Dear Prof. Kohlmeyer,
Thanks for your comments.
I wanna add the Cu wall at the bottom of computational domain to start the simulation of water in a nanochannel. I've tried to add the create_atoms after read_data in the input file and also I've edited the read_data to have enough space for the atoms of Cu wall. However, I get the large and "Nan" values for "TotalEng" and Press in out put file as follow:
Step Temp E_pair E_mol TotEng Press Volume
0 398.64592 561064.31 0 589211.28 -nan 238328
and my simulation stops running. I have already tried to plot the results every time step. However, I couldn't realize what caused the "Nan" value in my simulation.
I was wondering how can I approach the problem? I also put the input file, read_data and force field at the end of this email.
you really need somebody that teaches you (best in person, a mailing
list is inadequate for that) how to set up simulations in general and
for your specific system in particular. i see many things that should
be done differently.
here are the most obvious issues:
1) what is the lattice constant (for the conventional cell) of FCC
copper? most certainly not 1.0 \AA.
2) you have no interactions defined for Cu-Cu. why do you apply time
integration to them? -> that *has* to lead to a catastrophe
3) why run with fix npt? and particularly with isotropic cell
adjustment? that will mess up your Cu structure while doing cell
rescaling. given that you have no cu-cu interactions, the copper
segment should be immobile.
4) why run with fix momentum? with an immobile section, there should
be no momentum buildup, but all kinds of funky things when you employ
it to the whole system, including the immobile section.
5) for the same reason (immobile copper section), you must not assign
velocities to the cu atom unless you skip them in time integration.
but since you include them, you not only have their velocities set to
zero, but also their forces (they still interact with the water) using
fix setforce 0 0 0
in general, i'd suggest a different strategy:
a) setup and equilibrate a suitably sized bulk water system to
roughtly the desired density (at fixed volume). since you start from a
crystal (replicating a single molecule), you'll have to go through the
usual process of heating up and cooling down to break down any
long-range correlation (it would be much easier to start from a
suitably pre-equilibrated block of water).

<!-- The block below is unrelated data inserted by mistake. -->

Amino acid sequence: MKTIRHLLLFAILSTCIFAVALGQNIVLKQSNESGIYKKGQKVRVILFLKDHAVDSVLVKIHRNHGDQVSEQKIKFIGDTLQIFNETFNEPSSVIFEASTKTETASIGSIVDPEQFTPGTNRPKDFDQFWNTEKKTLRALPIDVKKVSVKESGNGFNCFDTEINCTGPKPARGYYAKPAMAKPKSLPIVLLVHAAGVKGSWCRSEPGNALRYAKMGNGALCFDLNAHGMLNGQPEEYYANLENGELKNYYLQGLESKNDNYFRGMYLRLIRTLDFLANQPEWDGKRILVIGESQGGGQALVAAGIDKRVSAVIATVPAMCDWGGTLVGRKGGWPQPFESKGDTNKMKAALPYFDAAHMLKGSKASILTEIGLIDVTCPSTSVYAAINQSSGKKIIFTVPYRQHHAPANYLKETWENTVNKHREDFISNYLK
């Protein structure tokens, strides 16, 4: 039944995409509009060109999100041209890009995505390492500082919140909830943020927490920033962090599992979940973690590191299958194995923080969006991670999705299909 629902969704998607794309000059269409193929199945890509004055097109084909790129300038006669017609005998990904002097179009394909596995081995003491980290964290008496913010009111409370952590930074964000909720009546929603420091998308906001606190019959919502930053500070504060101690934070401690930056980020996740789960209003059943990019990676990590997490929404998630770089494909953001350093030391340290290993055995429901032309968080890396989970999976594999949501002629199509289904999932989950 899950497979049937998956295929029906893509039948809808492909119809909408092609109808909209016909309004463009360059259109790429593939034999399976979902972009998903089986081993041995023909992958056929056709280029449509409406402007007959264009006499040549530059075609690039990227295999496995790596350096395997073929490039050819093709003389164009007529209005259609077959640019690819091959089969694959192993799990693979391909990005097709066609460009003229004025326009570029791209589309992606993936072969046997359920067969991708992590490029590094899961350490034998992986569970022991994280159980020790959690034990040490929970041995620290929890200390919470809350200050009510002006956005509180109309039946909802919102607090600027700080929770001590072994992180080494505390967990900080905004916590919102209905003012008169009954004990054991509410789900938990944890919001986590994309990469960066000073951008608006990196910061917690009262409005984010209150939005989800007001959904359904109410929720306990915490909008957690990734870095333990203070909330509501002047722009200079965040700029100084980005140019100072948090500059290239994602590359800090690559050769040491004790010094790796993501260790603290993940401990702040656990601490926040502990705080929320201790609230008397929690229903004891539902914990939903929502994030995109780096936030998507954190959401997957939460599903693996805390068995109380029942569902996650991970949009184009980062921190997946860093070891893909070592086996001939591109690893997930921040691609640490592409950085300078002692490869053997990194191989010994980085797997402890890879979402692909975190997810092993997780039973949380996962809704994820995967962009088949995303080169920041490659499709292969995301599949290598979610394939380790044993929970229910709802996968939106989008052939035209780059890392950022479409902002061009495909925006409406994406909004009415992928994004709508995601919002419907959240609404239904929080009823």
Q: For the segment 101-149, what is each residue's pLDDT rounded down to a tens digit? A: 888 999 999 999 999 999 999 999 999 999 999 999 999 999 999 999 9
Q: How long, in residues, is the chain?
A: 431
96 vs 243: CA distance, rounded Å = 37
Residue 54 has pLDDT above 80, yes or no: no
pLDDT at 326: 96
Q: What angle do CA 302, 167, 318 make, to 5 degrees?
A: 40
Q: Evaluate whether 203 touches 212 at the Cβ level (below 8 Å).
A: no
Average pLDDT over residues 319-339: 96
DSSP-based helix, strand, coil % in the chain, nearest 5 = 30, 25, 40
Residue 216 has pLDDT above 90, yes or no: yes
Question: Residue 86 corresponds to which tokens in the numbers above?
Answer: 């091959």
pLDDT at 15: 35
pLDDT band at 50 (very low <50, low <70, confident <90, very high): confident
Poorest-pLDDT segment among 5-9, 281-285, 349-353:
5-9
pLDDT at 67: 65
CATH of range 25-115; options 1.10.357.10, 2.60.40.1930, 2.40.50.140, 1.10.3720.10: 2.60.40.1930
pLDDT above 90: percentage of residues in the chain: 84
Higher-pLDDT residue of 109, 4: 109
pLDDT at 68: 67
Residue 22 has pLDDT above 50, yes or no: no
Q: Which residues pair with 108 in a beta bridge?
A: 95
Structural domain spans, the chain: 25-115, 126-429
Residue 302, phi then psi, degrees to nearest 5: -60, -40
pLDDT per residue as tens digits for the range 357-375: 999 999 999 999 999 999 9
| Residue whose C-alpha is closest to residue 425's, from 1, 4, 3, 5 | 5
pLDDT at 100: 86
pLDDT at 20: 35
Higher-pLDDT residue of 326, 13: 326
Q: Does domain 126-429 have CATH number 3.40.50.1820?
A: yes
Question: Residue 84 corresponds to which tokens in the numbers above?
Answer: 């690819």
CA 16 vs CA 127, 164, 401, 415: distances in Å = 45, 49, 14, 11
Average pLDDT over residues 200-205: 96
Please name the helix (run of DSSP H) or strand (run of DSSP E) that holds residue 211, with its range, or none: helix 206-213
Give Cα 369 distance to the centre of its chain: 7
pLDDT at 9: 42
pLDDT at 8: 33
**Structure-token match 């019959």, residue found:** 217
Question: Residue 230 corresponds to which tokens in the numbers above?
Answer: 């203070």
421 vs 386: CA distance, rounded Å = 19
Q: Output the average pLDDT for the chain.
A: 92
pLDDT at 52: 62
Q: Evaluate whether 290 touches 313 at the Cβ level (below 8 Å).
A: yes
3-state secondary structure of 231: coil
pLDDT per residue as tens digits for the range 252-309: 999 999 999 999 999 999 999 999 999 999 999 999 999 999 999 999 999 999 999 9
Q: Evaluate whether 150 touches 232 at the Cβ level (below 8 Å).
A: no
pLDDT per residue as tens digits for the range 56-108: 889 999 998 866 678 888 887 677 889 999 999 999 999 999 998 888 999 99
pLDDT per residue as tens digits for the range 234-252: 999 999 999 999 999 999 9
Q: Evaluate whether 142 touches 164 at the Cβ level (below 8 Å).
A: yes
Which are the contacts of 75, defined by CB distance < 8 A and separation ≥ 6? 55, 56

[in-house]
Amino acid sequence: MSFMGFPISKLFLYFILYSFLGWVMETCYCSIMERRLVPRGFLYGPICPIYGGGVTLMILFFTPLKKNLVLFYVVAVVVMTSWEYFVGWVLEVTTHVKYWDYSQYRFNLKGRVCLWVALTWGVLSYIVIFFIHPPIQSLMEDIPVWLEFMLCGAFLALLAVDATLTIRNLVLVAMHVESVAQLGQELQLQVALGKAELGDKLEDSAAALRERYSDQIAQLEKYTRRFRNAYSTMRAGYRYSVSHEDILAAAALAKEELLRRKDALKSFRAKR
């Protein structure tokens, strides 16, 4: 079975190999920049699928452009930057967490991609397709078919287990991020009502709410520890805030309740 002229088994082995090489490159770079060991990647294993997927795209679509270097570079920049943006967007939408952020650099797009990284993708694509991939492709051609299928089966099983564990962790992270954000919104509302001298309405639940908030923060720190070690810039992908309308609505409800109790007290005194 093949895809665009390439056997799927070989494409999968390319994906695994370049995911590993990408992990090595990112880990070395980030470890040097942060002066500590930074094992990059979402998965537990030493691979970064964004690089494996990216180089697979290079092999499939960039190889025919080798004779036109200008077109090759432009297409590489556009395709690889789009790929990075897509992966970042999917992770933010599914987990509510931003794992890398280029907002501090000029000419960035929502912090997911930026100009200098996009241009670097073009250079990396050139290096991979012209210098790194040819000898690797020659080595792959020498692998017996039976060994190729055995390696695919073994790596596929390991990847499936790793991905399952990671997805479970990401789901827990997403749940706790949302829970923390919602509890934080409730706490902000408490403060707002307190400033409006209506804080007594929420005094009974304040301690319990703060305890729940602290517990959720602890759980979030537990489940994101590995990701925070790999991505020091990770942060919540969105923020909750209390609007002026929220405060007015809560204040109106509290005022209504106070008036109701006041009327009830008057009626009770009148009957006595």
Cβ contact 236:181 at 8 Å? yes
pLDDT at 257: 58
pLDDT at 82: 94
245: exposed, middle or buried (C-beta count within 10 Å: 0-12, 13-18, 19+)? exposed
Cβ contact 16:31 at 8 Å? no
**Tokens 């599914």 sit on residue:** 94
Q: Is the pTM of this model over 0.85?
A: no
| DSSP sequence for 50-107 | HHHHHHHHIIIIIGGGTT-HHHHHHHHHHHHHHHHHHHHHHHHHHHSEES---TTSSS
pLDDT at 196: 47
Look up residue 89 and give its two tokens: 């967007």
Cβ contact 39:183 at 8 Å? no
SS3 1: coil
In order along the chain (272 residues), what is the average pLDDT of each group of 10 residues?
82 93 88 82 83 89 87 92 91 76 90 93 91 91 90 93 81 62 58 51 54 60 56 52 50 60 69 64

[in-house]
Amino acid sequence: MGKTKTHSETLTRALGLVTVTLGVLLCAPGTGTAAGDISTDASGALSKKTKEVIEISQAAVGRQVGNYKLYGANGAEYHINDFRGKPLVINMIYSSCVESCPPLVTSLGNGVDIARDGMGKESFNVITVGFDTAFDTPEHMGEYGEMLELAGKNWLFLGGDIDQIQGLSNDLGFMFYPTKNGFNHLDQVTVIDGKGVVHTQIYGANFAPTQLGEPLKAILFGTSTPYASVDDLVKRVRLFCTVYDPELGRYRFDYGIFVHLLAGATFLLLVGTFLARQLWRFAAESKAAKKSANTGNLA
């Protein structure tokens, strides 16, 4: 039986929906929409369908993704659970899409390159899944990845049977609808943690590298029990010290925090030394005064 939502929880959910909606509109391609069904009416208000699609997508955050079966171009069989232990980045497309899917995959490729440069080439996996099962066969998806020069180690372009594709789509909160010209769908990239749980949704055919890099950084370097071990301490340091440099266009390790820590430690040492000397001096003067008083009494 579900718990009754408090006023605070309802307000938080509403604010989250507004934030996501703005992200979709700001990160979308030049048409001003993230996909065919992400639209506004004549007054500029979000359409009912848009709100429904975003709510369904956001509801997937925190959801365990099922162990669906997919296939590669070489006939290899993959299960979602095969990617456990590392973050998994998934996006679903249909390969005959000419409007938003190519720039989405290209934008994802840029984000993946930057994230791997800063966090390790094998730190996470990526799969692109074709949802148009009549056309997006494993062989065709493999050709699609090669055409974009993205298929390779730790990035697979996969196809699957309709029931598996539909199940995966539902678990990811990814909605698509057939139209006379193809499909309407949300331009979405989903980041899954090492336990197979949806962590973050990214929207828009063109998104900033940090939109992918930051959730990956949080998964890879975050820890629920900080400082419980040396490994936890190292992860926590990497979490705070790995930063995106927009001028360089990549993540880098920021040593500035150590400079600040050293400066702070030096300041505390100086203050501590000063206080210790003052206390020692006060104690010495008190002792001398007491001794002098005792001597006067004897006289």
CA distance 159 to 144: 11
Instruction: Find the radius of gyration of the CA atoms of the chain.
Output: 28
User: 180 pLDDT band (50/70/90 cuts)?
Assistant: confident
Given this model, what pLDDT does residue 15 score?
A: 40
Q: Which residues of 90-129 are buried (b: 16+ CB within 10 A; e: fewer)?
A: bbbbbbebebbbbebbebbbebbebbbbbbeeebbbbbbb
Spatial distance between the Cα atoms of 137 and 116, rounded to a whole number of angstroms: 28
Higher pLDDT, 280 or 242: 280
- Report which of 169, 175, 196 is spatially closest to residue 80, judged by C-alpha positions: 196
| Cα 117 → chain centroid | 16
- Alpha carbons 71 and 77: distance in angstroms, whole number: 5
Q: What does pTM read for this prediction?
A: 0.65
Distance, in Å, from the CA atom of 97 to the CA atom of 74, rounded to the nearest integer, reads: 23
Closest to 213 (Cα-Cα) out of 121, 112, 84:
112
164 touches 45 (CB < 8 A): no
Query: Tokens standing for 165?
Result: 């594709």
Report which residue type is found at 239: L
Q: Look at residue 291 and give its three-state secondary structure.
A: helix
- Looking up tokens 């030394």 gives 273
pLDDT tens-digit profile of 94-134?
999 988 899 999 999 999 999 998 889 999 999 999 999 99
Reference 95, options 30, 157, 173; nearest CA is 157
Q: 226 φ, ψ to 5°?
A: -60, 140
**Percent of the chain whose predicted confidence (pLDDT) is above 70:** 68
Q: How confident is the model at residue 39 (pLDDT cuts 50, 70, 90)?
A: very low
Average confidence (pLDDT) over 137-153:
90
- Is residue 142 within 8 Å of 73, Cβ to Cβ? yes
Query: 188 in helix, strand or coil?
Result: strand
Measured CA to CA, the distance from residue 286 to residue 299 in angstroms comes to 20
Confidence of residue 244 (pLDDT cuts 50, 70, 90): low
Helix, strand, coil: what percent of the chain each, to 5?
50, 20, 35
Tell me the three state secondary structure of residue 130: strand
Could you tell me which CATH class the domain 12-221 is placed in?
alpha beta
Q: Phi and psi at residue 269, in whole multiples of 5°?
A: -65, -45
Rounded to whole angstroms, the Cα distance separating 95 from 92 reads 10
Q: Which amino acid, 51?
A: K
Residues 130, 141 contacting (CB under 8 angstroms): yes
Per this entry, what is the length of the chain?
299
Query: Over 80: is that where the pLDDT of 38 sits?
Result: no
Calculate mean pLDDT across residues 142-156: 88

b) expand the box (using the change_box command) to make room of the
copper atoms. keep a little extra space to avoid overlaps.
c) insert the copper atoms, and do a short minimization to remove
excess potential energy where you ripped the water box apart and
inserted the copper atoms. you have a lot of water molecules for which
the environment has massively changed and then continue equilibration
of the water. for initial equilibration, it is advisable to use a
dissipative thermostat, to accelerate the process of equipartitioning
of the kinetic energy.
d) monitor pressure and potential energy to follow the progress of
equilibration and eventually adjust the box size (either manually or
via fix npt but coupled only to the dimension perpendicular to your
copper block and excluding the copper atoms from rescaling their
e) for production, you are likely better off using a fixed volume
unless your research project requires it otherwise.
this is just my personal preference. you may want to look up what kind
of equilibration and setup protocol others have used. there are plenty
of papers with variants on this out there, and if you look
specifically for older ones, you'll likely find rather detailed
descriptions of the procedure (nowadays people often get away with
being less detailed for "common" procedures).
as i mentioned before, you should find somebody experienced to look
over your shoulder while setting up simulations and discuss your
choices, or else you will be destined to make a lot of avoidable
mistakes, and not all of them are as obvious to spot as those that
result in diverging pressure or other bad things. don't expect to get
many more e-mails as detailed as this one commenting on your input.